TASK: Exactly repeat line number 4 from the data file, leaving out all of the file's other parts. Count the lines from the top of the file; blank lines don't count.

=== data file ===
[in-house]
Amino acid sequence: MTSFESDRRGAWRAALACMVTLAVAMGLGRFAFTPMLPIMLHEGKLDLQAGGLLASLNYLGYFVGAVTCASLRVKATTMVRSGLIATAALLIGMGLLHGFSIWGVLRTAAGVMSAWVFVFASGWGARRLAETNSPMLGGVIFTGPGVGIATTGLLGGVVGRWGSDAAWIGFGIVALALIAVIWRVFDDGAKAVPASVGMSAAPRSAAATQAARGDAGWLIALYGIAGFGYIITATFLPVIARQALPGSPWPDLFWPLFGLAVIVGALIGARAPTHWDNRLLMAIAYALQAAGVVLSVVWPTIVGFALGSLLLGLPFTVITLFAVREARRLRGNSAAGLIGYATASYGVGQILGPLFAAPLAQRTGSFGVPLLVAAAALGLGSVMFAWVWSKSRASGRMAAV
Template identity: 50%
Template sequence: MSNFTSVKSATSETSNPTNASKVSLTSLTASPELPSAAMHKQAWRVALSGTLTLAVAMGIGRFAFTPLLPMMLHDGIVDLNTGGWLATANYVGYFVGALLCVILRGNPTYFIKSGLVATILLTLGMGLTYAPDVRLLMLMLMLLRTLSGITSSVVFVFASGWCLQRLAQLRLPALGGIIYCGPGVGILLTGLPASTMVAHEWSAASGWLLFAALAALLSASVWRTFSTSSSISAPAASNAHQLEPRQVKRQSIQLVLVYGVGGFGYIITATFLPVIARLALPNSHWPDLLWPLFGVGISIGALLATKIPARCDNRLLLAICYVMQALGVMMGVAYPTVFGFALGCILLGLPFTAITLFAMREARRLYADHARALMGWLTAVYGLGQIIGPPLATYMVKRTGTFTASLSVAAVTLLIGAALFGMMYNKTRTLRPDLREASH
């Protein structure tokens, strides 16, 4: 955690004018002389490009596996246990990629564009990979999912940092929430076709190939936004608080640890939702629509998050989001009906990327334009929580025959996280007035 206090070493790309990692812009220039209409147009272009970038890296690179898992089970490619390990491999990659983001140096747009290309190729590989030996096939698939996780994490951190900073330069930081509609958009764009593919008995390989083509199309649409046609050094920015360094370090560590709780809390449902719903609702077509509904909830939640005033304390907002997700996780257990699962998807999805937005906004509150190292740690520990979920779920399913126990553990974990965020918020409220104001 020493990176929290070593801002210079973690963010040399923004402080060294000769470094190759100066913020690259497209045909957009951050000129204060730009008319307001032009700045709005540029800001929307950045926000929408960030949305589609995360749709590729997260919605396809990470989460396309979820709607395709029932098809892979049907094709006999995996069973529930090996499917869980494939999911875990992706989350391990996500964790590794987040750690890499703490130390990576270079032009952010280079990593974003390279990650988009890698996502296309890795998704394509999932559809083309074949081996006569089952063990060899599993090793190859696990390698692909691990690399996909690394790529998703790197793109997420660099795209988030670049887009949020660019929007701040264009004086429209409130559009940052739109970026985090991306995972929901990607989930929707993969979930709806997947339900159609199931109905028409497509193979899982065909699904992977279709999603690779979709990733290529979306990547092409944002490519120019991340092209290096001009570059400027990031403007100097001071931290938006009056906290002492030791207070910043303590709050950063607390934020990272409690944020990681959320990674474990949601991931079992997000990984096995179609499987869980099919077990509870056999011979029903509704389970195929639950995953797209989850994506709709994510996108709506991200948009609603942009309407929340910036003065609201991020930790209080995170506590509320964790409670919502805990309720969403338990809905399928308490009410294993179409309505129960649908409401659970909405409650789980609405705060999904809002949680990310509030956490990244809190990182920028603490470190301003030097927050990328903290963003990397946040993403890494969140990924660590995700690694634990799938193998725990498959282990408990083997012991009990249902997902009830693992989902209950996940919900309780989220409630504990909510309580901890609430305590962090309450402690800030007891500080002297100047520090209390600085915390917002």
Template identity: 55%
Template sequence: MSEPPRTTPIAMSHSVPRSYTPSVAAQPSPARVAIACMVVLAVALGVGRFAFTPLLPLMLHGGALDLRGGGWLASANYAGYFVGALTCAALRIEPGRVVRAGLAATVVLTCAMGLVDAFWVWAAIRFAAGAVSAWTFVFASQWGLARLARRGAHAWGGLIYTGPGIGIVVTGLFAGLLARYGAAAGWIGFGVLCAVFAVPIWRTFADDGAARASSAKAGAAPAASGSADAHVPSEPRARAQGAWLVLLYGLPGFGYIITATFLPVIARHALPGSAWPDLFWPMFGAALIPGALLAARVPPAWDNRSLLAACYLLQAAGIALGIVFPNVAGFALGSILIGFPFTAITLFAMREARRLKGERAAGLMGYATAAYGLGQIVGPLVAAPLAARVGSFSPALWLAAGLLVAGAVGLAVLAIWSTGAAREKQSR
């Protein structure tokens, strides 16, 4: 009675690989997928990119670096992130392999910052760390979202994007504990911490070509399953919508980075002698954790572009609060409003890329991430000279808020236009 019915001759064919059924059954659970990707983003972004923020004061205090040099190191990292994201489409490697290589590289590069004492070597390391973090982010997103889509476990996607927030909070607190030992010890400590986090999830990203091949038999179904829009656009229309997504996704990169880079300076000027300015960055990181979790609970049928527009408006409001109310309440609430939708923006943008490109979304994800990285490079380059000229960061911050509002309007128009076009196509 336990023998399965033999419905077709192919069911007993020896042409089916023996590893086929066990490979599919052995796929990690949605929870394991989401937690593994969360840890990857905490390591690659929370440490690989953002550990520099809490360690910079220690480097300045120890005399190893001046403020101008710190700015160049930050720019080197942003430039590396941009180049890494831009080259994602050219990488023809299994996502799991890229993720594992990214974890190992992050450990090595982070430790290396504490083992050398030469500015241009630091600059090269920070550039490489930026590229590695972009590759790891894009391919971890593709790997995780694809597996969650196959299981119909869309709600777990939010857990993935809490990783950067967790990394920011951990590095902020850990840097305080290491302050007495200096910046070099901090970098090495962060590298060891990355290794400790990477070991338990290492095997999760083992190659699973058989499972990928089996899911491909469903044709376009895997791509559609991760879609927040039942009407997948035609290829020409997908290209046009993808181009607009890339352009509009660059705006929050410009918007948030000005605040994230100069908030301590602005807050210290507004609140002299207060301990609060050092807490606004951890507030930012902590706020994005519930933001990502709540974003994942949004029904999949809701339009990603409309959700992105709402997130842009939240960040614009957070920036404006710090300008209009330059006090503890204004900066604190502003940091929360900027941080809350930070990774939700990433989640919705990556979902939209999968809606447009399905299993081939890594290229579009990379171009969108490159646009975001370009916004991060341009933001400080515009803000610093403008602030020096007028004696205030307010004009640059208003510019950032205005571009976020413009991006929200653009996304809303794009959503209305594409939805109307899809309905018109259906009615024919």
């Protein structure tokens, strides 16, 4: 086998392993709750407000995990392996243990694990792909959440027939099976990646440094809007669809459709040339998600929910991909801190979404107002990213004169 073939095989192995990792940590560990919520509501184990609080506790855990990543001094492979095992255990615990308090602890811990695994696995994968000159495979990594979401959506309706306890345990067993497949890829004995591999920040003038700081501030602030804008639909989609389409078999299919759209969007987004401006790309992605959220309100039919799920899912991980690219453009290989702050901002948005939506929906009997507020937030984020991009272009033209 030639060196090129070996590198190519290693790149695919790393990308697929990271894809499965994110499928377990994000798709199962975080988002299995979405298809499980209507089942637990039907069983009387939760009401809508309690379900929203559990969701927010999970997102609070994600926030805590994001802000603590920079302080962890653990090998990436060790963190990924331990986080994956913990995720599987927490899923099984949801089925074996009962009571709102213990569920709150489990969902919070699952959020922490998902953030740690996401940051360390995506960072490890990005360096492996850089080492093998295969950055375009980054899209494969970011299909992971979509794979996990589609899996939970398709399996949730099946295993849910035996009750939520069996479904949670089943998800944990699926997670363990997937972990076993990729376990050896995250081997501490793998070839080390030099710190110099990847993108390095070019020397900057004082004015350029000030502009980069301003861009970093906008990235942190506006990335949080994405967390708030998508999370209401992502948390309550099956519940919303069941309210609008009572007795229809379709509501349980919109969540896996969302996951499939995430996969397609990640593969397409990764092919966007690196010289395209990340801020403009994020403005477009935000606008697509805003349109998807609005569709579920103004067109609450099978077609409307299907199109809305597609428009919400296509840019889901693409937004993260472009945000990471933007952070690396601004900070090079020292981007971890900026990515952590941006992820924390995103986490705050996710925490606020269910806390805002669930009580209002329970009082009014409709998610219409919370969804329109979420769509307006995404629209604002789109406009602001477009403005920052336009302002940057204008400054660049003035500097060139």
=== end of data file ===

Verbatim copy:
Template sequence: MSNFTSVKSATSETSNPTNASKVSLTSLTASPELPSAAMHKQAWRVALSGTLTLAVAMGIGRFAFTPLLPMMLHDGIVDLNTGGWLATANYVGYFVGALLCVILRGNPTYFIKSGLVATILLTLGMGLTYAPDVRLLMLMLMLLRTLSGITSSVVFVFASGWCLQRLAQLRLPALGGIIYCGPGVGILLTGLPASTMVAHEWSAASGWLLFAALAALLSASVWRTFSTSSSISAPAASNAHQLEPRQVKRQSIQLVLVYGVGGFGYIITATFLPVIARLALPNSHWPDLLWPLFGVGISIGALLATKIPARCDNRLLLAICYVMQALGVMMGVAYPTVFGFALGCILLGLPFTAITLFAMREARRLYADHARALMGWLTAVYGLGQIIGPPLATYMVKRTGTFTASLSVAAVTLLIGAALFGMMYNKTRTLRPDLREASH